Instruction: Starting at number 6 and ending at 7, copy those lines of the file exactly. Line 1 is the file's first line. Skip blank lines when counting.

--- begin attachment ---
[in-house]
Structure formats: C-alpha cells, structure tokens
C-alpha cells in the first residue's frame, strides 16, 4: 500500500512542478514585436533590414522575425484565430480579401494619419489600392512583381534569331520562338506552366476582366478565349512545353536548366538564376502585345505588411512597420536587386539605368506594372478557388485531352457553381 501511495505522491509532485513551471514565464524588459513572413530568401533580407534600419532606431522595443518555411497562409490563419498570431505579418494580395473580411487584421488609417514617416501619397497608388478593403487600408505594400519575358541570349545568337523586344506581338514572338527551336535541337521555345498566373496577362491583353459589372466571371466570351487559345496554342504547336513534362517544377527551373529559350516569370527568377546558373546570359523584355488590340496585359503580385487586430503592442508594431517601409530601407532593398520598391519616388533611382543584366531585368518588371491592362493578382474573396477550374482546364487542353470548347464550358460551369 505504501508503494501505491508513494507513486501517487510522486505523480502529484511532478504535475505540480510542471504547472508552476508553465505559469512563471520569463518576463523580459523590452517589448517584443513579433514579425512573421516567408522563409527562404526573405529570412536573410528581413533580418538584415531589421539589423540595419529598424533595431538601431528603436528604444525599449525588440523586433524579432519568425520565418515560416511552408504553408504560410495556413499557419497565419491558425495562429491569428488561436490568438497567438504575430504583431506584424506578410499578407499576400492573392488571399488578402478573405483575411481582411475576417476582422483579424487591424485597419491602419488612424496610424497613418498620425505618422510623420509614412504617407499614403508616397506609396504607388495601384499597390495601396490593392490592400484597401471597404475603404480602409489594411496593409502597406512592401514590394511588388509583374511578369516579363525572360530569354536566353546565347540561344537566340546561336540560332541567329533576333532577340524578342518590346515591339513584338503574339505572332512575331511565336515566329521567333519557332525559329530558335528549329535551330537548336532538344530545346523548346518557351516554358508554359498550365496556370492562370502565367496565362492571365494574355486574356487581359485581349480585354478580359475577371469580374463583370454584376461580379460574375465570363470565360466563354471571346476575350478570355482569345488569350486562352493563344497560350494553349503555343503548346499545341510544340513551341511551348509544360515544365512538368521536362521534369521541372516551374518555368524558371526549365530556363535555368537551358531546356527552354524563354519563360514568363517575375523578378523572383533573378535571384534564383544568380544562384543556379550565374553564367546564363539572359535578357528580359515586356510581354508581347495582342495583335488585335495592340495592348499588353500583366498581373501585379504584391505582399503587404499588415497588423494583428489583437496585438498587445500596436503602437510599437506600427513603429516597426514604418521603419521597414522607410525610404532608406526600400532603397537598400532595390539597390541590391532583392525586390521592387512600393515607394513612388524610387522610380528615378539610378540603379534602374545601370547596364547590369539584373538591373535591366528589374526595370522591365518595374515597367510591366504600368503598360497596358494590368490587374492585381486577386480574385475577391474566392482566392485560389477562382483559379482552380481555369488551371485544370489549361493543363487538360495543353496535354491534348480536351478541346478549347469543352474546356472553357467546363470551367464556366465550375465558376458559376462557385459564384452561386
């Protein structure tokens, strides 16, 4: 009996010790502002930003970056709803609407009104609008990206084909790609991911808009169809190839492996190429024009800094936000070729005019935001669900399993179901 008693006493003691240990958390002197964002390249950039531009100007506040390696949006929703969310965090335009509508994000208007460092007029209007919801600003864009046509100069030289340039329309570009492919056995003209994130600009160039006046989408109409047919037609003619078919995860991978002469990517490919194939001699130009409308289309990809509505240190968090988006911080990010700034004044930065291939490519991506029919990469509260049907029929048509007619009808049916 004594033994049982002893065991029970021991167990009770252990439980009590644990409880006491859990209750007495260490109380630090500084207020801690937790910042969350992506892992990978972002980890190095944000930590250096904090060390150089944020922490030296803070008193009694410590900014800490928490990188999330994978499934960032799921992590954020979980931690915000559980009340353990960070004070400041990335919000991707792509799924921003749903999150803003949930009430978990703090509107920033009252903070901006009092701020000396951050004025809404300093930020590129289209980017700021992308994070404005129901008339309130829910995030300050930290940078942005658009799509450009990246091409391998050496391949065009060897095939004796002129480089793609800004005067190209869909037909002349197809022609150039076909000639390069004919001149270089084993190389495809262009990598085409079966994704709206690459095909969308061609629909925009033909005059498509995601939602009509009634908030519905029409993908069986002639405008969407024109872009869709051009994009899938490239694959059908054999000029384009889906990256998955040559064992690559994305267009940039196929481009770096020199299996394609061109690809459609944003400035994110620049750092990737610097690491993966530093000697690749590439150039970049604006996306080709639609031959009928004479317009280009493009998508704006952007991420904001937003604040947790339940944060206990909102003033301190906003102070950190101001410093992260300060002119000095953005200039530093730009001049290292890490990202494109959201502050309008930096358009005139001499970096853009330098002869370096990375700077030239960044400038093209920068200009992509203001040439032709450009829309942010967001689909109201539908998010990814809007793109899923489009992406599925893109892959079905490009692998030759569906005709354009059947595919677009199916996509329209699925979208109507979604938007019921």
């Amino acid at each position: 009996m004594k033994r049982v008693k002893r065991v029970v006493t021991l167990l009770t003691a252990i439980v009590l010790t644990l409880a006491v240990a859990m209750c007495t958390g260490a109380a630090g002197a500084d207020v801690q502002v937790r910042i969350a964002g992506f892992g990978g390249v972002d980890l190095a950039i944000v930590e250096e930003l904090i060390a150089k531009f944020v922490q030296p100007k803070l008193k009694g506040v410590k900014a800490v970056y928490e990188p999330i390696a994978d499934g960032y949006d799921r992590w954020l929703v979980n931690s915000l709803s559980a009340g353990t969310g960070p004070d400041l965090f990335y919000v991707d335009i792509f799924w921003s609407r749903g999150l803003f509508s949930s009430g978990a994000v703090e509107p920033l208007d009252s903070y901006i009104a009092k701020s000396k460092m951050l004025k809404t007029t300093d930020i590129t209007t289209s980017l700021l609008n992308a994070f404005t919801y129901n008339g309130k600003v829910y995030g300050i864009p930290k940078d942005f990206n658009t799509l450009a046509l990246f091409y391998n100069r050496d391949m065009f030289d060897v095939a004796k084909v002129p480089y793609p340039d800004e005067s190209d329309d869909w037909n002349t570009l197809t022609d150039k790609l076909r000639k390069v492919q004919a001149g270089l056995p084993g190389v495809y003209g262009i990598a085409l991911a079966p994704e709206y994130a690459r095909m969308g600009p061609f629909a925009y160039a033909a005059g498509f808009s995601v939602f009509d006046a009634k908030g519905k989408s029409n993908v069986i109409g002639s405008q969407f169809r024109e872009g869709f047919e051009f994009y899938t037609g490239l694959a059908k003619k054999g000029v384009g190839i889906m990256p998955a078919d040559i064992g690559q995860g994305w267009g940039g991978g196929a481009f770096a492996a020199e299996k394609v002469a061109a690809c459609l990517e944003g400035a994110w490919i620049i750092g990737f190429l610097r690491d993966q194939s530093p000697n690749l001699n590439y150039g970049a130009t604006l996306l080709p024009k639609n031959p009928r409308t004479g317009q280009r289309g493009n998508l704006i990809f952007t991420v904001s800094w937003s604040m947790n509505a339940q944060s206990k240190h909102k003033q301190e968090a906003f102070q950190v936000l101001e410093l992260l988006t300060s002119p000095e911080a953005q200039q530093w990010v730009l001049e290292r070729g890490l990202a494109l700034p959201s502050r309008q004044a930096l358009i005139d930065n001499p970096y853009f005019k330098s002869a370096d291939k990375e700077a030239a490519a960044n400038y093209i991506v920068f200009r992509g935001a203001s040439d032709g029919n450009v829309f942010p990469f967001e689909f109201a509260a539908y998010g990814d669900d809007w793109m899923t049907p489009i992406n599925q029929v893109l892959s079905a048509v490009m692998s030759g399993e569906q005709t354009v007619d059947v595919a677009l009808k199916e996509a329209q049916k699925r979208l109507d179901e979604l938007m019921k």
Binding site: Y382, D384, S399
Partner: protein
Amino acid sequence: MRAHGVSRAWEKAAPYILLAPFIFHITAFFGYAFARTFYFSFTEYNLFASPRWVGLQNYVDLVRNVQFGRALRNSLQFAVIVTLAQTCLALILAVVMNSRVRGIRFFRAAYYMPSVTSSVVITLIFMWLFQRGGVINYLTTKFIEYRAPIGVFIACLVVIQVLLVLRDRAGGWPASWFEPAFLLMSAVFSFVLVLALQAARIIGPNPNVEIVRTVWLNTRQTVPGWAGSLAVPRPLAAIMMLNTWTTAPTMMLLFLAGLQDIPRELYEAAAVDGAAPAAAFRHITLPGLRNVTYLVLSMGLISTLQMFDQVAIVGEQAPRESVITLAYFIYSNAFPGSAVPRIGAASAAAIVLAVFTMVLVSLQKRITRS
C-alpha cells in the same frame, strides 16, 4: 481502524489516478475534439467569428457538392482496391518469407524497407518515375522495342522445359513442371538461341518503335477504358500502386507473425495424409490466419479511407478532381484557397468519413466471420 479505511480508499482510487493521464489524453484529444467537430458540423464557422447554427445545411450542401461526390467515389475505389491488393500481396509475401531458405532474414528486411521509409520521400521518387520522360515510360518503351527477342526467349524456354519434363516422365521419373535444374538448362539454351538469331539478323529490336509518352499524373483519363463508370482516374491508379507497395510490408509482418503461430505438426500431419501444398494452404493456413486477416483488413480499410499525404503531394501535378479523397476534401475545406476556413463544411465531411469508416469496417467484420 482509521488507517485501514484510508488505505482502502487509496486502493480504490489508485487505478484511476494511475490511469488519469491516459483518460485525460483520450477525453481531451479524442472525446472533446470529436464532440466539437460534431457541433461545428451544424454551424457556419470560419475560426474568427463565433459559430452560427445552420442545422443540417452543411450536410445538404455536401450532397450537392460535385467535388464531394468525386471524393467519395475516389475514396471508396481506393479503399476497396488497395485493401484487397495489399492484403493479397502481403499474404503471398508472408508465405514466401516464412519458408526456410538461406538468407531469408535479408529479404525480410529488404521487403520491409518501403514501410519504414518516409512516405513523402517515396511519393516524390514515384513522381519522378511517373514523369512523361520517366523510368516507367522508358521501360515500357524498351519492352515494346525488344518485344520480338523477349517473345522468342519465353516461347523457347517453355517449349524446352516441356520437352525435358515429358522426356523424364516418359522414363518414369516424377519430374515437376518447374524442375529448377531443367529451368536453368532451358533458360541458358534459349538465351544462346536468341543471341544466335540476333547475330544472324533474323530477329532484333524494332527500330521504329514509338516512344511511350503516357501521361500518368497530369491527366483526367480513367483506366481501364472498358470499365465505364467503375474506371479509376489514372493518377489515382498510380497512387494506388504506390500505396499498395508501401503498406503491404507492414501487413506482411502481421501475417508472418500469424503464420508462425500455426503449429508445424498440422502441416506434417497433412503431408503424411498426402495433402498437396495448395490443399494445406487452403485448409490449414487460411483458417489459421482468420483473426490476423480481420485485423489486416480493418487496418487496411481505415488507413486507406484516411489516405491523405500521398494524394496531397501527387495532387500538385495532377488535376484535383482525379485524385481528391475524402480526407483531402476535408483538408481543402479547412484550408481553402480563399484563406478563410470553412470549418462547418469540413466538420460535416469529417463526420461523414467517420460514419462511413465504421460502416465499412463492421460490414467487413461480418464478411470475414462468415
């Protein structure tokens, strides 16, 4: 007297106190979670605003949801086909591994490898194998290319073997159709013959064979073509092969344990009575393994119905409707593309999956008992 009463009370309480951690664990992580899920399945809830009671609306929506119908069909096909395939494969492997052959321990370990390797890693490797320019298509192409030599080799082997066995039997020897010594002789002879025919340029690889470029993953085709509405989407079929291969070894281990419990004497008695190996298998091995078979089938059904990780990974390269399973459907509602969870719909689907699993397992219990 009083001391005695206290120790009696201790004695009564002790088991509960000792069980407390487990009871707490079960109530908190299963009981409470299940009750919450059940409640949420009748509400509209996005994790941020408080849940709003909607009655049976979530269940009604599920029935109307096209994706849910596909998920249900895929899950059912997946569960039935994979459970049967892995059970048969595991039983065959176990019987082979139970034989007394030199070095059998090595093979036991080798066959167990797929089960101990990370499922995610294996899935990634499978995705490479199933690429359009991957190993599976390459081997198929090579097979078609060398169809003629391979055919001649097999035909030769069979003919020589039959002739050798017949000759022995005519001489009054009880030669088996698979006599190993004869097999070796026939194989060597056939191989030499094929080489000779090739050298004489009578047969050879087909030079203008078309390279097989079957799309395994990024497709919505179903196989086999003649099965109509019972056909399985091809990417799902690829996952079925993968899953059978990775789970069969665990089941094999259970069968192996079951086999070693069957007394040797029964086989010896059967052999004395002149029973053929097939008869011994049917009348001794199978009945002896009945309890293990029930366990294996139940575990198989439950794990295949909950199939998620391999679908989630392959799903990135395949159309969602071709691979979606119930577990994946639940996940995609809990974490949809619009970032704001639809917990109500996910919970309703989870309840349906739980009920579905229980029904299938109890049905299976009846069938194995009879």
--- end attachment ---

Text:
Binding site: Y382, D384, S399
Partner: protein